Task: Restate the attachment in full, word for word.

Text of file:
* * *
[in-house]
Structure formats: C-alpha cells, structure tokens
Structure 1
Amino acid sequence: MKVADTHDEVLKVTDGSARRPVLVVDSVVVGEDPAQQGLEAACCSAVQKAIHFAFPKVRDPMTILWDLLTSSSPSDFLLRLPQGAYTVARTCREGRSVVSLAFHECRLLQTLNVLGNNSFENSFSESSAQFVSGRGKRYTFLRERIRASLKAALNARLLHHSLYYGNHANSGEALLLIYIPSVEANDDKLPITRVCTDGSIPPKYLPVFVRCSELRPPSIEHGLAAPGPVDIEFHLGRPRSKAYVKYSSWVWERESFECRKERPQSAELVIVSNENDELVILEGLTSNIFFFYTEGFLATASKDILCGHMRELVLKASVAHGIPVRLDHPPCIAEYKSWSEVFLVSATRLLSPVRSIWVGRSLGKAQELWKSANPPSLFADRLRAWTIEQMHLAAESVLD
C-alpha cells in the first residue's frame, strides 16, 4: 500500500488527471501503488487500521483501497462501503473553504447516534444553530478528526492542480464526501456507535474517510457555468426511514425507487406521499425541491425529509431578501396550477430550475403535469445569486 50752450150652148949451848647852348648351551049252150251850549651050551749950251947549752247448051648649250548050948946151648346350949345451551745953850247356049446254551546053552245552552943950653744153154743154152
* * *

[in-house]
Structure formats: C-alpha cells, structure tokens
Structure 1
Amino acid sequence: MKVADTHDEVLKVTDGSARRPVLVVDSVVVGEDPAQQGLEAACCSAVQKAIHFAFPKVRDPMTILWDLLTSSSPSDFLLRLPQGAYTVARTCREGRSVVSLAFHECRLLQTLNVLGNNSFENSFSESSAQFVSGRGKRYTFLRERIRASLKAALNARLLHHSLYYGNHANSGEALLLIYIPSVEANDDKLPITRVCTDGSIPPKYLPVFVRCSELRPPSIEHGLAAPGPVDIEFHLGRPRSKAYVKYSSWVWERESFECRKERPQSAELVIVSNENDELVILEGLTSNIFFFYTEGFLATASKDILCGHMRELVLKASVAHGIPVRLDHPPCIAEYKSWSEVFLVSATRLLSPVRSIWVGRSLGKAQELWKSANPPSLFADRLRAWTIEQMHLAAESVLD
C-alpha cells in the first residue's frame, strides 16, 4: 500500500488527471501503488487500521483501497462501503473553504447516534444553530478528526492542480464526501456507535474517510457555468426511514425507487406521499425541491425529509431578501396550477430550475403535469445569486 50752450150652148949451848647852348648351551049252150251850549651050551749950251947549752247448051648649250548050948946151648346350949345451551745953850247356049446254551546053552245552552943950653744153154743154152